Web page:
The biggest corporate takeover battle in U.S. history ended last night with an agreement to sell RJR Nabisco Inc. to the Wall Street investment firm of Kohlberg, Kravis Roberts and Co. for more than $24.5 billion.
The winners, known on Wall Street as KKR, outbid RJR Nabisco's top executives and the investment firm of First Boston Co. with an offer that will require them to borrow more money than any company has ever borrowed before.
Their offer far exceeds the highest price previously paid for a U.S. corporation, the $13 billion purchase of Gulf Oil Corp. by Chevron Corp in 1984.
RJR Nabisco is the 19th-largest industrial company in America, a $15.8 billion-a-year business with 120,000 employees and a storeful of the nation's best-known brands -- Camel, Winston and Salem cigarettes, Lifesavers, Baby Ruth and Butterfinger candy bars, Planters Peanuts, Animal Crackers, Ritz, Triscuits, Sugar Honey Grahams, Shredded Wheat, Oreo cookies and Del Monte foods.
The decision to sell the company to KKR was a stunning setback for RJR Nabisco's Chairman F. Ross Johnson and a group of top executives. Six weeks ago they set out to buy the business for themselves because they believed its stock price was depressed by public concerns about smoking and the future of the tobacco business.
But other investors as well decided the company was worth more than the $56 a share its stock was selling for, triggering a bidding war after Johnson and his group of insiders made their initial offer of $75 a share.
Responding to widespread criticism that insiders have an unfair advantage in corporate buyouts, RJR's board asked for sealed bids that were delivered at 5 p.m. Tuesday. But after the bids were opened and his group came up second best, Johnson threw the decision-making into turmoil by submitting a new offer yesterday morning.
Johnson's move put RJR's directors in a no-win situation. If they rejected Johnson's offer, they risked being sued by shareholders for not taking the highest bid. If they accepted the management deal, they could be sued by the unsuccessful bidders for not playing by their own rules.
The decision-making process was mined with potential conflicts of interest because more than half the 17 members of the RJR Nabisco board of directors have links of one kind or another to Johnson's group, including three other board members who are partners in his bid.
A committee of the RJR Board began virtual nonstop negotiations after the bids came in Tuesday, giving KKR a chance to raise its offer in response to Johnson's new bid. First Boston's bid apparently was rejected early on because it contained so many contingencies that the board feared the deal could not be closed.
Shortly before midnight last night, RJR issued a statement saying it had signed an agreement with KKR.
KKR offered shareholders -- who still must ratify the deal -- $81 in cash, $18 of preferred stock and other securities worth $10 a share. Johnson's group had evaluated its offer at $112 a share, but the board said in a statement it considered the two bids "substantially equivalent" and "adopted the KKR offer as being in the best interest of the company and its shareholders."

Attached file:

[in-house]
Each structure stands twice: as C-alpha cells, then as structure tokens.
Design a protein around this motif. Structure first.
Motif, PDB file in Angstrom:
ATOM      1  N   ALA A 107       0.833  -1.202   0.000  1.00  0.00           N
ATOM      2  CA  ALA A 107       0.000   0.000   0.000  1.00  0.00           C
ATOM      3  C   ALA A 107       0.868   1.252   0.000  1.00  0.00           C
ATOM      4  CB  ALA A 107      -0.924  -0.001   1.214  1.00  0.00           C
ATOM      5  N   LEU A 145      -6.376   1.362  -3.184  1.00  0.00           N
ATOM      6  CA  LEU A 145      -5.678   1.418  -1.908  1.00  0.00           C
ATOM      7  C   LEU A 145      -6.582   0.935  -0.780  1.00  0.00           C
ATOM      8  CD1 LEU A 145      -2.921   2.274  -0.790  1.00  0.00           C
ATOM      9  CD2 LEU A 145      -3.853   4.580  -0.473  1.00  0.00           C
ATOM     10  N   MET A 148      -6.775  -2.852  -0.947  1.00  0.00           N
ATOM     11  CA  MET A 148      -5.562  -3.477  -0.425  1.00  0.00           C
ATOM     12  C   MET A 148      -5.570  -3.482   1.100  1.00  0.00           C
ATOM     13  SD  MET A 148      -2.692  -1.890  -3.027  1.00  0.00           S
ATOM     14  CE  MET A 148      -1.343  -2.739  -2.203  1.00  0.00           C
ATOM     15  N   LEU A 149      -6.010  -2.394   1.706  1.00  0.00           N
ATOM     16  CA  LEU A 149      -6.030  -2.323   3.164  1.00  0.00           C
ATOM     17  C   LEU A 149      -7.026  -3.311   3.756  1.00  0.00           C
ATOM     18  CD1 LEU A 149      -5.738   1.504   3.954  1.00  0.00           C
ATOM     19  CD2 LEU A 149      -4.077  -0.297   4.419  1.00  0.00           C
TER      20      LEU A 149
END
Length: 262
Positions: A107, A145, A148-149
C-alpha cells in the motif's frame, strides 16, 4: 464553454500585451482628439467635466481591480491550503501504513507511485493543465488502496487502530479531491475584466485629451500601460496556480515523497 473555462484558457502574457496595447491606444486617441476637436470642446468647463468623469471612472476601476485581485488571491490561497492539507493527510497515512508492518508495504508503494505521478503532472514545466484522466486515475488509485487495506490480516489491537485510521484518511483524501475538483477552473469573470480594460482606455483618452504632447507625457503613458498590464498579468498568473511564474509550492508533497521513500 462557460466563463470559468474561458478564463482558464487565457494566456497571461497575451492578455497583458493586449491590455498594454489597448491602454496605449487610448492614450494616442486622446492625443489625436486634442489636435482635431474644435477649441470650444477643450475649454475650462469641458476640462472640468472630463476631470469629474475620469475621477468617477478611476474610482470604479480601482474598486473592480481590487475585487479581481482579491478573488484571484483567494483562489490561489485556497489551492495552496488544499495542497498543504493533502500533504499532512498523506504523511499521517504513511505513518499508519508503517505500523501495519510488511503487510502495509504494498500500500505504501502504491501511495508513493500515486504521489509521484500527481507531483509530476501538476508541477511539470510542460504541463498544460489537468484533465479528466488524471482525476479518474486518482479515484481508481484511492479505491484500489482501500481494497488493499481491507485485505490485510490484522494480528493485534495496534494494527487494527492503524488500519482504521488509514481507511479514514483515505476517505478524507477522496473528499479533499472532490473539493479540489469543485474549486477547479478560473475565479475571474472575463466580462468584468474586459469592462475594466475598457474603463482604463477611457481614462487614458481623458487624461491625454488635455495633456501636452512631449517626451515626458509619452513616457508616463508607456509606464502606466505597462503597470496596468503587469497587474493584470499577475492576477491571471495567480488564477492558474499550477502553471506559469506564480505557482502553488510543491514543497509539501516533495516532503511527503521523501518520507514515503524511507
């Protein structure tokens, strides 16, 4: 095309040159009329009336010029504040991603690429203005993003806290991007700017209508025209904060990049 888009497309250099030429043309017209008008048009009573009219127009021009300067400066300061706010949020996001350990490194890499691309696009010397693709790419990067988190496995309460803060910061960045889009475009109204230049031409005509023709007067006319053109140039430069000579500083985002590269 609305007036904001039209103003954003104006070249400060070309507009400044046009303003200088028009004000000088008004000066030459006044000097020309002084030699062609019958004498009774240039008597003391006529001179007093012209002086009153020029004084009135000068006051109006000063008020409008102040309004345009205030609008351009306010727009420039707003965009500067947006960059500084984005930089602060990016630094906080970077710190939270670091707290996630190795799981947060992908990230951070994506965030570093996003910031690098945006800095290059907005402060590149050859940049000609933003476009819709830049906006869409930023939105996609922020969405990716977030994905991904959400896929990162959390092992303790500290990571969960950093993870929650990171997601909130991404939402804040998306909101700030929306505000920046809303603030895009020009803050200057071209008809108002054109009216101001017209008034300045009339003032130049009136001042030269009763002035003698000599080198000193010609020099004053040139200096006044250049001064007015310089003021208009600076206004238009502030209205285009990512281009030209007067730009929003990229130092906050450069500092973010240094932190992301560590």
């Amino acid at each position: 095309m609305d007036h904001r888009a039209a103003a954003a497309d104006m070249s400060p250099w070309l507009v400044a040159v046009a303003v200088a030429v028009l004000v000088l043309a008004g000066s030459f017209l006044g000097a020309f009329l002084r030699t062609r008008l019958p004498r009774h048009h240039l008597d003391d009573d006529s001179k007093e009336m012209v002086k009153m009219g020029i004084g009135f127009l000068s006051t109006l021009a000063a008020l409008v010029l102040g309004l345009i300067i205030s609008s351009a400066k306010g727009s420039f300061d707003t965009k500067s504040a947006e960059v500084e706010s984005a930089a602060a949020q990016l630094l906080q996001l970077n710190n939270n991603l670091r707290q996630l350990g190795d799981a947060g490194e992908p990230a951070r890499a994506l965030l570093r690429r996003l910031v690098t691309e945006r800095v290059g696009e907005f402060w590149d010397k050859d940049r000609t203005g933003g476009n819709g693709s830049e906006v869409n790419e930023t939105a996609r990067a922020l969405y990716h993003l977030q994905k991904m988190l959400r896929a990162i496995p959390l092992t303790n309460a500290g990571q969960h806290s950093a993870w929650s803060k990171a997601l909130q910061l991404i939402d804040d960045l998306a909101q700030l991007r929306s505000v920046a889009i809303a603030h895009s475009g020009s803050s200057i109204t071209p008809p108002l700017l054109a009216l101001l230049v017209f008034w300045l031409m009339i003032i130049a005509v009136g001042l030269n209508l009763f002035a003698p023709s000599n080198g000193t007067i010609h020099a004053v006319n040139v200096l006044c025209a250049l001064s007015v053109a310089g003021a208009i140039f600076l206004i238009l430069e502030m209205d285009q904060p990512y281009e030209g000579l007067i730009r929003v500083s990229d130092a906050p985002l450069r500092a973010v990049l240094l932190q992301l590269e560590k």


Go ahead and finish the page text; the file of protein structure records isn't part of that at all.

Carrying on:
Henry Kravis and George Roberts, the principals of KKR, issued a statement saying, "RJR, its employees, consumers, suppliers and communities can be assured that the business will now return to normal and stability will be restored."
KKR will acquire RJR through what is known as a leveraged buyout. It will borrow virtually all the money, using RJR itself as collateral. The loans will be paid back from the company's future profits and by selling off some of its divisions. KKR is expected to sell several food divisions and keep RJR's tobacco business, its most profitable operation.
Part of the money will be borrowed from banks and the remainder raised by issuing high yield bonds, known junk bonds.
KKR is a small firm whose specialization in leveraged buyouts has enabled it to buy several giant businesses that add up to a conglomerate second in size only to General Electric Co. It bought Safeway when that company was threatened by a takeover by the Haft family of Washington and in similar situations acquired Beatrice Cos. Inc. and Owens Illinois. To a large extent, RJR Nabisco went on the block because of health concerns about smoking. The tobacco business, though enormously profitable, is out of favor with investors who fear its future is clouded by lung cancer, heart disease and other tobacco-related ailments that are steadily reducing the number of Americans who smoke. As a result, tobacco company stocks have been selling at relatively low prices.
Frustrated by the failure of RJR Nabisco stock to climb despite a 13 percent increase in profits last year -- to $1.2 billion -- Johnson decided to make an offer to buy the company.
While the talks were under way, RJR stock surged in frantic New York Stock Exchange trading yesterday, and the Big Board briefly halted it when buy orders overwhelmed sell orders. The stock resumed trading by midafternoon and closed up $2.12 1/2 to $93 on volume exceeding 6.7 million shares.
The bids for the company were so complicated that RJR Nabisco's board is paying two major investment firms $14 million apiece just to evaluate them.
Those fees for Lazard Freres & Co. and Dillon Read are part of an estimated $300 million to $400 million that Wall Street firms will make on the RJR Nabisco deal regardless of who wins.
The banks providing loans are expected to collect up-front loan commitment fees in the $170 million range based on their usual rate. Arranging other financing will cost the eventual winner an additional $150 million.
Investment bankers, lawyers, public relations people, printers and others will reap millions more, and the Securities and Exchange Commission will get more than $1 million in filing fees just for processing the paperwork.